Who is Mr Robot?

Sam Esmail’s Mr Robot may have been an unknown quantity amongst a good proportion of those who regularly watch television shows, but following the first couple of episodes it made a substantial mark on social media. And rightfully so, too, as Mr Robot is one of the most intelligent pieces of television drama in years.

Mr Robot follows anxiety-ridden computer programmer Elliot Alderson (Rami Malek) as he copes with the world’s constant struggles by hacking everything and everyone around him. He’s an information sponge, but rarely lets anyone inside. He keeps a close-knit group of people with him, although they never really have any say in how he perceives them and calling them ‘friends’ might be a little too kind.


This small group of people is comprised of Angela Moss (Portia Doubleday), a friend of Elliot’s since they were both children, and further down the line Darline (Carly Chaikin), Shayla (Frankie Shaw), and Krista (Gloria Reueben). Each of these characters have an instrumental impact on Elliot’s life, although ironically they never really know what’s going on with him.

The story of Mr Robot is fairly complicated, and by the finale is a tight weave of staggered storylines and complex relationships, although the basis of the series is based around Elliot and fsociety – an anarchic group that’s planning to change the world. It’s almost reminiscent and a play on what we see today with hacking groups and their attacks on some of the biggest companies in the world, and Sam Esmail and his team of writers completely nail the convoluted and staggered feeling of the present day and technology with aplomb.


We perceive this world of Mr Robot, which is quite obviously reminiscent of the one we live in today, as Elliot’s conscience – there’s a mountain of monologues and a tirade of questions and answers that pop up throughout each of the ten episodes. Elliot’s view is distorted to that of the normal, average person situated in Mr Robot, and as such helps gives a unique and often intriguing look at the world presented in front of him. Elliot’s close-mindedness to those around him almost feels ironic in a way, as Elliot’s real-world interactions aren’t usually fueled by the knowledge he’s gained from hacking the character in question, but instead utilized to keep him from looking suspicious of such activity. He merely looks like a bystander to the average person, but that’s what makes him such an interesting character.

As a hacker, Elliot’s life is always on the line. Just because he has the essence and ability to expose whom he deems toxic to the world doesn’t necessarily scream justice, and this can often lead to dire and often troubling circumstances – of which Elliot finds himself in more often than not throughout the season.


It’s through the use of the questioning of what’s right and what’s wrong that pushes Mr Robot to levels only the best of television can deal with, and more often than not there seems to be an insurmountable amount of grey area surrounding that. Mr Robot doesn’t hold your hand throughout the season, as it expects you to understand what it’s giving you and to make the connections without the necessary need to spoon-feed you. It’s what makes the series and the story such an excellent piece of television, and further encourages speculation and conversation with those close to you when the credits roll.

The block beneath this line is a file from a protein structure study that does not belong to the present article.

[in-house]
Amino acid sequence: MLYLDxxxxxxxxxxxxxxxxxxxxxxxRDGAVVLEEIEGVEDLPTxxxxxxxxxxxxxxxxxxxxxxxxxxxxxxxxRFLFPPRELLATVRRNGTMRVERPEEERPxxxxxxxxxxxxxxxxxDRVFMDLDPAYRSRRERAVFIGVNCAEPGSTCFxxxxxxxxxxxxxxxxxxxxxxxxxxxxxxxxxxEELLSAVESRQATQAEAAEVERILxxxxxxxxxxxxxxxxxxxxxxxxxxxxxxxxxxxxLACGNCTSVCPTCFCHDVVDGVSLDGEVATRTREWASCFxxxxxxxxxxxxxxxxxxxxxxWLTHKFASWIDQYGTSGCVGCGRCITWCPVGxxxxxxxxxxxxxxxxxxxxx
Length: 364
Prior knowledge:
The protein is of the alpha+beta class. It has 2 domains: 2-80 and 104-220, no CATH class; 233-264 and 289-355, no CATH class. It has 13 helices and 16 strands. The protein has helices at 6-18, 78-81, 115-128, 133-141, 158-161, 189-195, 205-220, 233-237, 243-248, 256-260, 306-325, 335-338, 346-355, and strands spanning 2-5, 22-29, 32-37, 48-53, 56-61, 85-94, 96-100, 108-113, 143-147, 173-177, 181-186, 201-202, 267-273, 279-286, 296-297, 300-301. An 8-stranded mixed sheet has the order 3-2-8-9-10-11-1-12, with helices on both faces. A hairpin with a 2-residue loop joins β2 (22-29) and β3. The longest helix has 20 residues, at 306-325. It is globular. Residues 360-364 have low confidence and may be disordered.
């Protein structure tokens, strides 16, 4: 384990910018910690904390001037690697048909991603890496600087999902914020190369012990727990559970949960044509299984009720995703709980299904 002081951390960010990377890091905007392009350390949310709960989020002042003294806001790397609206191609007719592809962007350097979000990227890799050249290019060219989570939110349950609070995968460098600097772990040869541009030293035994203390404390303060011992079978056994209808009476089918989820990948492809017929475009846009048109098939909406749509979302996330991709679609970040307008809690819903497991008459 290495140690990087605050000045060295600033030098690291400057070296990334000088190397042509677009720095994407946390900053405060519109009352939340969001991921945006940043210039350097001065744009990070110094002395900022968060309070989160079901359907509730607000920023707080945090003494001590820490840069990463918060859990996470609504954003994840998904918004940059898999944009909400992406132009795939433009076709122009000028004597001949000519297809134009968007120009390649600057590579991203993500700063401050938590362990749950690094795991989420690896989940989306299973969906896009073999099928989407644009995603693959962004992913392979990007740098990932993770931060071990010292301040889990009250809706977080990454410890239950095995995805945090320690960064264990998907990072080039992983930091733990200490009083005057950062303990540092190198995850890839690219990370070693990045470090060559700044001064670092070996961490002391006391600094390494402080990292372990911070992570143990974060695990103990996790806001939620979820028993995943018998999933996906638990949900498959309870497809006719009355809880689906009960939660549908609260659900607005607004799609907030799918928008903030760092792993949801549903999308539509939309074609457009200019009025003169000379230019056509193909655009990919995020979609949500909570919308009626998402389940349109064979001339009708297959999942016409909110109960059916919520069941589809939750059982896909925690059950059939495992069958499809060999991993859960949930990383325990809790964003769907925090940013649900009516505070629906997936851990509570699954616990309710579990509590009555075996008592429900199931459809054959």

Mr Robot’s cinematography further emphasises the unique perspective Elliot is living in and how we perceive it, as it’s almost reminiscent of the cinematography you’d see in American Horror Story. Tilted camera angles and long, drawn-out shots seem to be the mainstay of Mr Robot and cinematographers Tod Campbell and Tim Ives have done a great job in emphasizing the tone and feel of the show through the use of at times quite awkward and in-your-face angles and shots.

Similarly, the sound design and score in Mr Robot is excellent, giving it a real sense of identity. From the opening credits to the final shot, there’s a sense of the unknown and urgency throughout, and that’s a credit to those working on the sound of Mr Robot and how important a role it plays in both the story and the character development.


One of the best parts about Mr Robot is that you can always go in with an open mind. The series likes to deviate and dance around the main plot and utilize its supporting characters when given the chance, and that’s actually quite refreshing. While the plot is fairly centered around Elliot and fsociety, we get quite an interesting look into the life of hackers and potentially even the real truth behind how technology can ultimately be our greatest downfall. There’s subtle references littered throughout the series and tech-heads will certainly garner a bigger appreciation for the show because of that, although those who just want a good story will no doubt find something to love too.


Mr Robot’s first season is complete excellence. It’s a series that is unlike anything I’ve really seen before and it’s littered with unique, albeit quite likable characters, an interesting and at times entrancing storyline, and brilliant writing that pushes you to think and understand instead of being spoon-fed. Sam Esmail’s latest is quite simply a television show that can’t be missed and it’s absolutely worth your time, whether you’re a tech-head or not. The boldness and nuance of Mr Robot is unlike any other, and it’s by far one of the best television shows in recent memory.

Creator: Sam Esmail
Directors: Sam Esmail, Jim McKay, Tricia Brock, Deborah Chow, Nisha Ganatra, Niels Arden Opelv, Christoph Schrewe
Stars: Rami Malek, Carly Chaikin, Portia Doubleday, Christian Slater, Martin Wallström

Mr Robot Season 1 Review
Excellent writing & storyWonderful castTerrific cinematographyGreat sound design & score
Won’t hit with some